Following on from the previous blog in WHN’s debt recovery series, regarding third party debt orders, Amy Richardson now shares her top tips on using charging orders to recover outstanding debt.
Once a claim for outstanding debt has been made and a judgment is obtained to claim back the money owed to you, there are a number of ways in which this can be enforced.
Charging orders are a mechanism to secure your judgment over property, whether that is land, stocks or shares, so these orders are particularly effective in securing funds if you know that the debtor is about to sell their property.
Before you do anything it is important to ensure that the debtor is the owner of the property you are looking to make an application against. A land registry search can help confirm this.
The searches will reveal if other charges have been made and whether these will take priority over yours, so if the search finds that a series of charges are already registered, then you may want to consider other enforcement options. This may be the case particularly in instances where the property is not of high value as the price of the property may not be enough to cover all of the claims made.
To ensure the greatest chance of securing the funds rightly owed to you, an application should initially be made for an interim charging order. This will prevent the debtor from selling their property and siphoning funds without your knowledge before the final order is made.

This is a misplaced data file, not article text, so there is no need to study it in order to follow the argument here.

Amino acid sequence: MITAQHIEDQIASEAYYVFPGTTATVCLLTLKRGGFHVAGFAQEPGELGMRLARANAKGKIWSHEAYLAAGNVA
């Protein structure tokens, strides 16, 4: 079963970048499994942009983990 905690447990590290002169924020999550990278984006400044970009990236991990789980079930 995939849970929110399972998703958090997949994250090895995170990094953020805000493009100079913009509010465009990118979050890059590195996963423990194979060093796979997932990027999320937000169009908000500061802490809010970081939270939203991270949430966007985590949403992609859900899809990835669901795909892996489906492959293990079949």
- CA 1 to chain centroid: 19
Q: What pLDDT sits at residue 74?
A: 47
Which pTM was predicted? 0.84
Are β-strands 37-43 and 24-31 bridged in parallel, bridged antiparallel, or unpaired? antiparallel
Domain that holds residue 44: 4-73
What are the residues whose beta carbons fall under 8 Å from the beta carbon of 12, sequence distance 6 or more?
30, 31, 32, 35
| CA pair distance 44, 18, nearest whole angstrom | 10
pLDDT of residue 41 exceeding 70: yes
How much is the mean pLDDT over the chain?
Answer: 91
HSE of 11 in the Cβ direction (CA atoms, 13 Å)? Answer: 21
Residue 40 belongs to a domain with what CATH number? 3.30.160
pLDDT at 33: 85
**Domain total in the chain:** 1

Once the interim charging order is granted and recorded with the land registry, a hearing date will be set to allow the debtor the opportunity to object to the final charging order. At the hearing the court should grant the final charging order unless the debtor can provide evidence to oppose the decision, such as the application being disproportionate to the amount of debt owed.
The final charging order will then be registered with the land registry, ultimately securing the debt against the property. This means that once sold, the debtor must pay you back out of the proceeds of the sale.
The process is similar when obtaining a charging order over stocks and shares. In this instance the information would be obtained from Companies House rather than the land registry.
While the charging order itself secures the debt, it is not a means of forced payment so it doesn’t necessarily result in the debt being recovered straight away as the funds cannot be received until the asset is sold.
There is no quick-fix method to recovering debt, but charging orders are a useful tool to put pressure on the debtor to release the charge, particularly if they are wishing to refinance or sell their property.
For more information on recovering outstanding debt through a charging order please call Amy Richardson on 0161 761 8061 or email email@example.com